What’s here is competently built, however there’s little in the way of variety. Environments are rich with color, evoking the animated project that inspires it, but as every stage features the same assets and enemies, they start to all blend together extremely quickly. When coupled with a soundtrack that features exactly one song and one-liners spouted by the two leads ad nauseam, it’s reasonable to think that even youngers players would lose interest with this game very quickly. You can choose to play as either Krypto or Ace between levels, but outside of a unique super attack for each, there’s no other differences between the two. Ace gets a slight leg up as his will target on-screen enemies, but you won’t face that much resistance selecting Krypto either. Beating levels awards you skill points that can be used to power up the heroic K9s, and you’ll have both at max power long before you confront Lex Luthor.

DC League of Super Pets‘ missions are broken into 3 districts, each of which has their own helper. Starting out the Green Lantern Chip can aid you by giving extra firepower temporarily, Morton will boost your speed and PB gives back some health while defending you with a shield. Of the trio, Morton has very little use as his boots will cause you to crash more than anything, and by the time you have PB, the game is nearly over. As you venture into new areas, it leaves the others undefended and gives Lex the chance to reinvade them. All this amounts to though is a few side-missions that are the same as the main ones, but at the very least they have some simple endless-runner sections where you have to steer around traffic and other obstructions to help break up the monotony.

Scattered about levels are cards that you can collect that are meant to represent the stray animals that you save. Once gathered, they’re sent to a shelter you can visit between your bouts of shooting robots. Upon satisfying their happiness requirements by either giving them the right toys and treats, they’re then ready to be adopted. Initially this seems like it will add some depth to a very shallow game, but it only gives the illusion of it. Matching pets perfectly to the correct owners quickly fills up a meter that gives you an extra skill point, but your shelter also rapidly fills up its meager 10 available slots. As there’s no real penalty to not creating a perfect match, you’ll being to settle on okay ones just to free up extra space for more good doggos, cats, birds, and lizards.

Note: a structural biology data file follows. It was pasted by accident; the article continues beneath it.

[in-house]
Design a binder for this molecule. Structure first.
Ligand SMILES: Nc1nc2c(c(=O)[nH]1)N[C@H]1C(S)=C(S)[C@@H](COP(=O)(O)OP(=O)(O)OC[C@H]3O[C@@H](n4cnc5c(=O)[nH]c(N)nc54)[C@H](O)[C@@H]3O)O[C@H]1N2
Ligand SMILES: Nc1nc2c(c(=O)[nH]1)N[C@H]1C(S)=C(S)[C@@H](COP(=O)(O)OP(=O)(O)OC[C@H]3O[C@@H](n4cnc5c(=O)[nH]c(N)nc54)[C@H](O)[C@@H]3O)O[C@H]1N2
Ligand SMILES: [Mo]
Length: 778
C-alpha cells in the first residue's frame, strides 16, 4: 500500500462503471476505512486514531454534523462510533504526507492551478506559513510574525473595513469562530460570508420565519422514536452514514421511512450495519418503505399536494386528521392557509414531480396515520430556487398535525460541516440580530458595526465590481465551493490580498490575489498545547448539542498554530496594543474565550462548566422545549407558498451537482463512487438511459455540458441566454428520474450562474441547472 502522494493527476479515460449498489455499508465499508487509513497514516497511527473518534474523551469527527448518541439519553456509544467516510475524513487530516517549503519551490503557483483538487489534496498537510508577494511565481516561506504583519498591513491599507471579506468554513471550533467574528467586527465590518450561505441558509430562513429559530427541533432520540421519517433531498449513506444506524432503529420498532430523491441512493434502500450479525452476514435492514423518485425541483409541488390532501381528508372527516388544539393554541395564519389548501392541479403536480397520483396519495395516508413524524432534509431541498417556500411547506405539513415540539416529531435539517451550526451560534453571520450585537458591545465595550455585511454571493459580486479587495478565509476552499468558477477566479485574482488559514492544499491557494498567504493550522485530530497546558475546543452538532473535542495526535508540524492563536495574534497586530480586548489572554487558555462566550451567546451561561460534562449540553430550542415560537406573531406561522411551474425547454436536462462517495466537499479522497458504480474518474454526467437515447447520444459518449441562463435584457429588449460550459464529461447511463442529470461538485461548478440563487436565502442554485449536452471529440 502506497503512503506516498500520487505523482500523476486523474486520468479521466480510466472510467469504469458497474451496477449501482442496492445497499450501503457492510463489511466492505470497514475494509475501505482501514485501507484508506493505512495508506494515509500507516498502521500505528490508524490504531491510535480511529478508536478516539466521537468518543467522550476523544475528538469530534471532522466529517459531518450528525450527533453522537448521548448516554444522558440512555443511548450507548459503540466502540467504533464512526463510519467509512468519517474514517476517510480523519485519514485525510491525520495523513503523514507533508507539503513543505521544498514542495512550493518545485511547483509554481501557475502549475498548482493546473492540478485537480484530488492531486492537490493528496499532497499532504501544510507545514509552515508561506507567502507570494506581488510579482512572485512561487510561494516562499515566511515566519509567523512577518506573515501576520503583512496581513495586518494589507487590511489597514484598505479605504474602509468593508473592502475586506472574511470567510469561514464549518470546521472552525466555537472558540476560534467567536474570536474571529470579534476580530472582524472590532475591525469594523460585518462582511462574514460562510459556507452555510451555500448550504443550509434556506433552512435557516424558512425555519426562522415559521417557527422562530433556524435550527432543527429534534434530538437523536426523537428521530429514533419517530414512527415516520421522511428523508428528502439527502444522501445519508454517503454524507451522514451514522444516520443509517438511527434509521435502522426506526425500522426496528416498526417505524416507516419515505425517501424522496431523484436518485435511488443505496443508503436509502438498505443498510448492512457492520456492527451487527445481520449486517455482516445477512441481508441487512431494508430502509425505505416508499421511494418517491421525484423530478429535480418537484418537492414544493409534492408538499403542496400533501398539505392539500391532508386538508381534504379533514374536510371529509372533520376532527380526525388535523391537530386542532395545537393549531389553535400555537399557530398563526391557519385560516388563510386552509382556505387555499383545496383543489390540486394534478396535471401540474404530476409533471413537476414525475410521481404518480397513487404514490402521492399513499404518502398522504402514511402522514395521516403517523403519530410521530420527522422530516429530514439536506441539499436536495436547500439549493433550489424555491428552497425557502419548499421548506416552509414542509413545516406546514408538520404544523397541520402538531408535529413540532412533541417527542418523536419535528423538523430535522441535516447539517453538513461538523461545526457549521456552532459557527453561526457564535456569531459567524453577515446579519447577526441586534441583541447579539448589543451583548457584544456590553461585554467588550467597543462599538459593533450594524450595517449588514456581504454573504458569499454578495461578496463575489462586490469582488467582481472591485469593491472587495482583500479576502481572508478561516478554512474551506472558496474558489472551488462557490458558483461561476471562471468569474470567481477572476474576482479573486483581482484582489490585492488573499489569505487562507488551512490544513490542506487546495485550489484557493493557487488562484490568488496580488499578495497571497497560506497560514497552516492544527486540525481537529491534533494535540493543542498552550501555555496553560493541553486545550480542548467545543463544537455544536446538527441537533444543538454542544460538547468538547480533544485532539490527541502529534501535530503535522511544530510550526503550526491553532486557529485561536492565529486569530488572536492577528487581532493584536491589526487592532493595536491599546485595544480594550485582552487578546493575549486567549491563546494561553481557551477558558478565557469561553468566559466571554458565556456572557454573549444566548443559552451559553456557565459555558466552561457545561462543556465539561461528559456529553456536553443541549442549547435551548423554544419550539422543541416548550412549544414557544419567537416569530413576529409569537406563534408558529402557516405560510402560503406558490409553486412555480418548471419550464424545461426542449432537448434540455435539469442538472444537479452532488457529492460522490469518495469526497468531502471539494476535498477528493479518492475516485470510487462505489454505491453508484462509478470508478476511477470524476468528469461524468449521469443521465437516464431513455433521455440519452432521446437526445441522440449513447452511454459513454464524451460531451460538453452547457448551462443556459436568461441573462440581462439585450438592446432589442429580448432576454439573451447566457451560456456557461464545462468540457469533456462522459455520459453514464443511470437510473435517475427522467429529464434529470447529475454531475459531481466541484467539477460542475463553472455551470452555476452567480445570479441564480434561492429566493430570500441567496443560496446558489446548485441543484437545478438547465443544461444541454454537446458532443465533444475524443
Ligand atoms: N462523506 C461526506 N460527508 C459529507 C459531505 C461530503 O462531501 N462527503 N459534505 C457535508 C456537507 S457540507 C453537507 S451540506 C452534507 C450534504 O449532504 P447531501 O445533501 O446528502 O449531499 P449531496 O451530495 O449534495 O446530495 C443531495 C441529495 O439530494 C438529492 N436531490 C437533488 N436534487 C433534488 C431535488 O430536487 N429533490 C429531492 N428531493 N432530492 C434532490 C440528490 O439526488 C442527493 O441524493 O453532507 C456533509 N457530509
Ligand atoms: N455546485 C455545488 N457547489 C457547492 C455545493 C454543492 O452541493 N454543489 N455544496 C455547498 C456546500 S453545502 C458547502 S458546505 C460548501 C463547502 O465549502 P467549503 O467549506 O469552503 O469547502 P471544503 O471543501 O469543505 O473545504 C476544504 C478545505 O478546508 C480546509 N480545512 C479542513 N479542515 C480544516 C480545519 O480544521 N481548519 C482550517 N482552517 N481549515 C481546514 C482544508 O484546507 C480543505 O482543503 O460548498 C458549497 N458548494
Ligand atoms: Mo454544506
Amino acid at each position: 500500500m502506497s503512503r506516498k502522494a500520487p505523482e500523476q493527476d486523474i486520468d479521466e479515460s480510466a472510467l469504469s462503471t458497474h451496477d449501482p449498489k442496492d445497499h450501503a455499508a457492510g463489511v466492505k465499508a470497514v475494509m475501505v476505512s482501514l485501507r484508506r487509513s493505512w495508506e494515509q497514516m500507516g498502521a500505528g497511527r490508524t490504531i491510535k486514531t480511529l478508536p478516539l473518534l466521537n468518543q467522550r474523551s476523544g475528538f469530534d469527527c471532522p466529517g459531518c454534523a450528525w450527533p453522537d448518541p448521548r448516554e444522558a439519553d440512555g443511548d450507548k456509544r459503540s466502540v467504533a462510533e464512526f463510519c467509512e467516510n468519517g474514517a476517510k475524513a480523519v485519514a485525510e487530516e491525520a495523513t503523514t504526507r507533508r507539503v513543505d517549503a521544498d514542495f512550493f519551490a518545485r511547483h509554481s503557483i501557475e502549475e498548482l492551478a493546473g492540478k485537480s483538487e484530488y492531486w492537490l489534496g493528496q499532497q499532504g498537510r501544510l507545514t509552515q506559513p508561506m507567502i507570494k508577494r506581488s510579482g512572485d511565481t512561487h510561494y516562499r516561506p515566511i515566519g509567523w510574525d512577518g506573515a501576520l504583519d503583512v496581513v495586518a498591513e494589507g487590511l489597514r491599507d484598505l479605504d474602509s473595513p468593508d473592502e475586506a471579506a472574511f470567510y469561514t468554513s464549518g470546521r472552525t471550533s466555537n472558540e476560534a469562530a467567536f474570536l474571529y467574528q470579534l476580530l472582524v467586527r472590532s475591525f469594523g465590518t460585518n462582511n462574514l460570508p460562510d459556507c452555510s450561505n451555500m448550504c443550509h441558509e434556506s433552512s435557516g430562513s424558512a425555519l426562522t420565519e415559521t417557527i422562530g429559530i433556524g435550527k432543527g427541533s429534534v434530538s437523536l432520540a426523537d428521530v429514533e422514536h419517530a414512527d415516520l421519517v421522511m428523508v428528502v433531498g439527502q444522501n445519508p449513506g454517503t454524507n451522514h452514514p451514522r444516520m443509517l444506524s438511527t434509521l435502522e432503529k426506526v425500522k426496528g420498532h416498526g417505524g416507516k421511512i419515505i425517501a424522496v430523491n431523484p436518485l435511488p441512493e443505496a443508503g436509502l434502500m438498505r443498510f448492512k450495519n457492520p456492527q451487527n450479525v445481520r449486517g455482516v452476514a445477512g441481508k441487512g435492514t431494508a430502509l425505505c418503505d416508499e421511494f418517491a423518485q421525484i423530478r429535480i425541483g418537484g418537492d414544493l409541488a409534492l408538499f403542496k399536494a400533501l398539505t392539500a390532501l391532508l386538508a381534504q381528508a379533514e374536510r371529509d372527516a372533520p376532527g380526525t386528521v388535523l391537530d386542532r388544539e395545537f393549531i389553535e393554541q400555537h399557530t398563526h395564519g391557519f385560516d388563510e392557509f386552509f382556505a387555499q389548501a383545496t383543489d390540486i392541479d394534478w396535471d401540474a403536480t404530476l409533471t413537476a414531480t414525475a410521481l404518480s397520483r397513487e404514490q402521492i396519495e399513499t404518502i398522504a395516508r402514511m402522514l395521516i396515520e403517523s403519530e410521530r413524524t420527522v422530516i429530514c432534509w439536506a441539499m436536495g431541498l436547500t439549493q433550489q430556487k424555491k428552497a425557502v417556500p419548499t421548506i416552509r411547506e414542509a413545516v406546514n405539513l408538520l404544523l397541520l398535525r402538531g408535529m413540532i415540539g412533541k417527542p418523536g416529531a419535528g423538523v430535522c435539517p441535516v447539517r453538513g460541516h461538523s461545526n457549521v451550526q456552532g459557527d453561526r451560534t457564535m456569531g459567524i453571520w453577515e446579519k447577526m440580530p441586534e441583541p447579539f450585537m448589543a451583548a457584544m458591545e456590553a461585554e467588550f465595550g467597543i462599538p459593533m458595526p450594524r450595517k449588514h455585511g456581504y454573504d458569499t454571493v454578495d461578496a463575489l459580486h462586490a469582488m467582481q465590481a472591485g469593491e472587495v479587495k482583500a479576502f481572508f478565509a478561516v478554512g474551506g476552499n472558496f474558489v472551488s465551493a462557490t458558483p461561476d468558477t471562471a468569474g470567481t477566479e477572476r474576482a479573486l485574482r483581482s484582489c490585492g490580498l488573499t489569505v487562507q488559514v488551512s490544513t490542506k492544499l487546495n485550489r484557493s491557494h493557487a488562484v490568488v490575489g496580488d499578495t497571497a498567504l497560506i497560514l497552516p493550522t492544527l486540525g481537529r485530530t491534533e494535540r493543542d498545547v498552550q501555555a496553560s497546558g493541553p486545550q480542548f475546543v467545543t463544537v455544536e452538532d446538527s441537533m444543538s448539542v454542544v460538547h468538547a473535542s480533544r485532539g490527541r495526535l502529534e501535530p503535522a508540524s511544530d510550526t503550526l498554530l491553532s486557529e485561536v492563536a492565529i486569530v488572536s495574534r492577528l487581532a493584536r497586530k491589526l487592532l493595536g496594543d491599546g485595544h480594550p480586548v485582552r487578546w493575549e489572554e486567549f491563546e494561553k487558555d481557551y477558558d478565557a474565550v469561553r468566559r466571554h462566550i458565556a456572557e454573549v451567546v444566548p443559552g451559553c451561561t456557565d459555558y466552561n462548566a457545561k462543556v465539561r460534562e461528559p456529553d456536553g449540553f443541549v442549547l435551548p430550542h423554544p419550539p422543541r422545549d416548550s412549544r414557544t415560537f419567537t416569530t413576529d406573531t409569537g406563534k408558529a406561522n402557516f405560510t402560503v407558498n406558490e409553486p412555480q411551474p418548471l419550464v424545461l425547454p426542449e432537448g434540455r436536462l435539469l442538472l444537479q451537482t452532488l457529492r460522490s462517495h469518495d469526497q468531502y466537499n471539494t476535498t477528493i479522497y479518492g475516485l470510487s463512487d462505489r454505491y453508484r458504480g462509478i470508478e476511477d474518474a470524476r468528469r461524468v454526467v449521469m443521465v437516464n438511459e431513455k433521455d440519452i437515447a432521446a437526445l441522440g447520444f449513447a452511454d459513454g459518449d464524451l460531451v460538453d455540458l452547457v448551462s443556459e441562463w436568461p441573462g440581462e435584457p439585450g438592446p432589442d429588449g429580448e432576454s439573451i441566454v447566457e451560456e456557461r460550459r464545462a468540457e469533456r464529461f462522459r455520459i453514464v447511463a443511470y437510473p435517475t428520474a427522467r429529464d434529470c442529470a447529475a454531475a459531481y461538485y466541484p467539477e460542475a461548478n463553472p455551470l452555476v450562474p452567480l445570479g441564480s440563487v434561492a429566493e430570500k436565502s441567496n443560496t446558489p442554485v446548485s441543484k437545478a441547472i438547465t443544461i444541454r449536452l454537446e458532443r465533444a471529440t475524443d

At $50 in Canada, there’s simply not enough housed in DC League of Super-Pets to warrant its price tag. At half of that or even less, it could be justified as an impulse purchase from a parent while making a trip to a Wal-Mart or Target, but what’s here would perhaps be better served as a mobile game. That’s not even meant as a slight to that space or those who chose to engage in its market space, it’s simply to say that DC League of Super-Pets would be an easier sell as an inexpensive distraction on a phone or tablet over a game sold on consoles and PC. What’s here controls well and is pretty to look at, there’s just simply not enough of it to hold your interest for very long.

via Outright Games YouTube

DC League of Super-Pets: The Adventures of Ace and Krypto is available now for PlayStation 4, Xbox One and PC.